Raytrace mode. Many instructors emphasize manual construction of ray diagrams using the three 'special' rays:

  • A ray passing through the center of the lens (at the axis). It doesn't change direction and is only slightly deviated for a thin lens.
  • A ray entering the lens parallel to the axis. It emerges to pass through the right focal point.
  • A ray exiting the lens parallel to the axis. It enters in a direction from the left focal point.
Any thin lens problem can be solved by using just two of these special rays. I personally think this is a very useful way for students to construct their own ray diagrams with a straightege and pencil.

At long last I have implemented this conceptual mode as an optional way to display the diagram. By simply pressing <r> the "raytrace" mode is toggled on or off. In this mode the command keys *, [, ], =, and \ are disabled. The screen shows just the three special rays, and you can't change the number of displayed rays.

When in this mode, the lens plane is shown as a vertical dashed line. As you change the object height, you are magnifying the paraxial ray situation in the vertical direction, and rays "refract" at the lens plane. The lens icon is still shown to remind you what kind of lens you are using. When a construction ray goes off the top or bottom of the screen it is not shown. Restore it by making the object smaller.

Of course the interrupted mode still works in raytrace mode, which is very valuable as an instructor demo. The ray through the center is drawn first, then the incident parallel ray, and finally the incident ray which (if extended) passes through the appropriate focal point. If the object distance is smaller than the focal length, the incident ray direction is extended as a construction (dotted) line to the focal point.

The raytrace mode is useful for showing what a true paraxial situation looks line. Just reduce the object size to the smallest finite value allowed.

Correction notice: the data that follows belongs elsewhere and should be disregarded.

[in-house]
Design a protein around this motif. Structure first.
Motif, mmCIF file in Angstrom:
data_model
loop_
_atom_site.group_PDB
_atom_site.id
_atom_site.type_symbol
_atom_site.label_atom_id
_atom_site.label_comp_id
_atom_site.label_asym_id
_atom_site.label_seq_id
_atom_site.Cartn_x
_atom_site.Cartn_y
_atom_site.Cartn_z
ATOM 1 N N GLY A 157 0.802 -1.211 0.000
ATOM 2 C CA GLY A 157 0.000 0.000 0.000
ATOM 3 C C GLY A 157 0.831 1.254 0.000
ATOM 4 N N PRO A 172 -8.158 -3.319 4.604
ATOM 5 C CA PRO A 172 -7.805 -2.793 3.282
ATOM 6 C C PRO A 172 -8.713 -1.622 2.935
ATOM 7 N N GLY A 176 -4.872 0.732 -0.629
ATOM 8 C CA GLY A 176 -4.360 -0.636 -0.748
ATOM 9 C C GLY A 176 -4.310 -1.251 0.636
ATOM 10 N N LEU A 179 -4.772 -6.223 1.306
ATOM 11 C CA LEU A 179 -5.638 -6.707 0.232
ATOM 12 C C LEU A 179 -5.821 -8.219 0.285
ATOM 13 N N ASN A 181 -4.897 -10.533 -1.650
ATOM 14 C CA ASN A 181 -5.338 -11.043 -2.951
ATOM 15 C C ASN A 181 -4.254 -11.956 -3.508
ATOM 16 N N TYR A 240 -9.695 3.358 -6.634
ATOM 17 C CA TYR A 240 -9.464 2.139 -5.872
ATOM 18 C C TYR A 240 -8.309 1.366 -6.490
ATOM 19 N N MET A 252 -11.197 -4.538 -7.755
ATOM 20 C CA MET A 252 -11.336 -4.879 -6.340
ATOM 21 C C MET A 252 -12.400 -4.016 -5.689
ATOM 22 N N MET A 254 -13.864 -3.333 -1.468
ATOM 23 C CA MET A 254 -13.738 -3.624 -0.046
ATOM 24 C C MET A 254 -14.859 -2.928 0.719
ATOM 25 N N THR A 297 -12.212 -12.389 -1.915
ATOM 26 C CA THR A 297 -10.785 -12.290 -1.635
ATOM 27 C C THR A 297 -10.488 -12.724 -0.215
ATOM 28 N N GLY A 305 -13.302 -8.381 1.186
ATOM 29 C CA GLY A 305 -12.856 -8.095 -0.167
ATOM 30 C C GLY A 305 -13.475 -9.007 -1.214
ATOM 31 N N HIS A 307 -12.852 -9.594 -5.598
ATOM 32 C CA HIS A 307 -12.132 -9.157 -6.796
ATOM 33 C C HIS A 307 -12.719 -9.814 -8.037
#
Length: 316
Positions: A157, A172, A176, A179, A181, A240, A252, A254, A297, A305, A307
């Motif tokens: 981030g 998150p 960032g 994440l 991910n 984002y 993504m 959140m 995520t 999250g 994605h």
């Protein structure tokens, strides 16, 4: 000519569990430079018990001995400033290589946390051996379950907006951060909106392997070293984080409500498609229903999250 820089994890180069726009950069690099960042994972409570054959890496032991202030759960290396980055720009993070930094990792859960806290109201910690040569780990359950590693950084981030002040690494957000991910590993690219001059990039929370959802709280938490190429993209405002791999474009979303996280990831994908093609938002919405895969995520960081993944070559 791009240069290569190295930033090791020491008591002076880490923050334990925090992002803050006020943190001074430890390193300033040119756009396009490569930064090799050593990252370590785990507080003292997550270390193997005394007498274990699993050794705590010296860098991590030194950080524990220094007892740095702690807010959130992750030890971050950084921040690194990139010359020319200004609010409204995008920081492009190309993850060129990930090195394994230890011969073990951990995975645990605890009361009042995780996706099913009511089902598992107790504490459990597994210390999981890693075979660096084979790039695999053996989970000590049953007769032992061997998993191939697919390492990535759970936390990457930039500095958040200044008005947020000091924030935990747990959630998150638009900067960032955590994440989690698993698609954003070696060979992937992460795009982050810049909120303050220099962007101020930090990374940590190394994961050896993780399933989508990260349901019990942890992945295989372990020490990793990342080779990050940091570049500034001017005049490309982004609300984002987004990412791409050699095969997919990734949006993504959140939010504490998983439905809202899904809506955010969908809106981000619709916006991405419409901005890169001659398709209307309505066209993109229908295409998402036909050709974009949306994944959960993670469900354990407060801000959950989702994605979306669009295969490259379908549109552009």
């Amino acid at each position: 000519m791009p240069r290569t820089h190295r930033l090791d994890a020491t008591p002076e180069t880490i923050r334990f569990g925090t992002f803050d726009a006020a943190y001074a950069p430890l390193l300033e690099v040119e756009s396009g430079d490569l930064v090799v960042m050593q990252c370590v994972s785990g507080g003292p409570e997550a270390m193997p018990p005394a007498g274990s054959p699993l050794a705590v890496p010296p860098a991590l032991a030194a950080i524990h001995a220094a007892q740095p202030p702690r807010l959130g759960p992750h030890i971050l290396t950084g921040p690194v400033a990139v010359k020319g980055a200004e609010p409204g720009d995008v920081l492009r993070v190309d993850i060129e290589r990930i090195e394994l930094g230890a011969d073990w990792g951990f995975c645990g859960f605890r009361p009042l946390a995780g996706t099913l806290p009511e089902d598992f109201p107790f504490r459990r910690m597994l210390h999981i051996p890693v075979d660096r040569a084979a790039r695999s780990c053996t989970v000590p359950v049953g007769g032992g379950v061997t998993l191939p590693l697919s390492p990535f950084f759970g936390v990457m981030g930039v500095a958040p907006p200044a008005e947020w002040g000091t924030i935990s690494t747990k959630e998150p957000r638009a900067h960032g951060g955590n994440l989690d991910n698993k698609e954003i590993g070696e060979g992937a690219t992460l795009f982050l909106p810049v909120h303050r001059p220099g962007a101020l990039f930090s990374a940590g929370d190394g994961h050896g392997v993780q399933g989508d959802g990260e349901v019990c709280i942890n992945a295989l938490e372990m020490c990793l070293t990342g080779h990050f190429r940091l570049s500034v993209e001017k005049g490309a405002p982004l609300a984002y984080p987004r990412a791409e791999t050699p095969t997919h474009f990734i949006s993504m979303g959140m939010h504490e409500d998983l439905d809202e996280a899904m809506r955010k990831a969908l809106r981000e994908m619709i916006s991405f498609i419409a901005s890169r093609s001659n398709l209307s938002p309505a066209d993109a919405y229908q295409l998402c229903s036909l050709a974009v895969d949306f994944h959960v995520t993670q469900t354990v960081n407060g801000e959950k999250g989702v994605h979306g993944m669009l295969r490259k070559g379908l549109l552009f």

In this version I've given users the option of whether the defaults are reset when toggling to/from raytrace mode. Two commands do the raytrace toggle. The command "r" resets the defaults, the command "u" does not. I prefer "u" most of the time. For technical reasons, I've disabled the "u" toggle when you are in "distant object" mode.

The only way to exit the raytrace mode is to press "r" or "u". The dashed-line lens plane will disappear as confirmation.

Future enhancements.

When I was still teaching I had visions of extending this program and improving it. In particular, I wanted to:

  • Make the "interrupted ray" mode easier to use.
  • Add the ability to do thick lenses, two-lens systems, and show nodal points and principlal planes.
  • Allow different refractive indices in the media on either side of the lens.
  • Show the effect of aperture and field stops in a two-lens system.
Other programs I wanted to develop:

  • Refraction at a prism, allowing various angles of incidence, showing colors, dispersion, and allowing easy demo of minimum deviation.
  • Simulation of the prism specrometer, and the process of achieving prism table level and colimator/telescope adjustments. It should show the spectrometer from above and the prism table from the side, while at the same time showing what one sees looking into the eyepiece, and simulate all the adjustments you can make on the real instrument. Simulating the result of focus adjustments could be challenging.
But now I leave these improvements to others.

Summary of keystroke commands.

? Help screen.
m Toggles mirror or lens display.
s Toggles sign convention. Freshman (default) or Cartesian.
p, q, f For entry of object disance, image distance or focal length.
- Toggles converging or diverging lens display.
0 (zero) Resets p and f default values.
v Toggles vertical magnification.
h Toggles horizontal scale.
w Enter lens equation solver.
> Shifts graphic display to the right. Decimal key. (Old DOS convention.)
< Shifts graphic display to the left. Comma key. (Old DOS convention.)
→ Moves object arrow to the right one unit.
← Moves object arrow to the left one unit.
↑ Increases object arrow size.
↓ Decreases object arrow size.
c Toggles the command menu display on/off.
g No text on screen (graphic only). Toggle.
r Restores text to screen.
/ Resets the default screen.
a Put object on the axis (zero object length).
b Restore object arrow size.
1, 2, 3, 4 Select horizontal increments of 0.1, 0.5, 1 and 5 unit movement.

5, 6, 7 For display of five, six, or seven rays.
! Displays 13 rays. (Toggle.)
8 For entry of infinite p, q, or f values.
; Toggle display of incident rays (dotted).
' Toggle display of emergent rays (dotted).
r Taytrace mode, shows the three "special" rays for manual construction.
x Dos shell, to temporarily go to the DOS prompt. Return by typing "EXIT"

Input, bug reports and suggestions are may be sent to me at the address shown to the right. When commenting on a specific document, please reference it by name or content.

Since 8/30/01 Hit Counter people have visited this page, hoping to see the light. Not one of them has offered any support for program development.

Revised document, April 23, 2001.

Return to lens tutorial. Return to image scenario.
Return to Donald Simanek's page.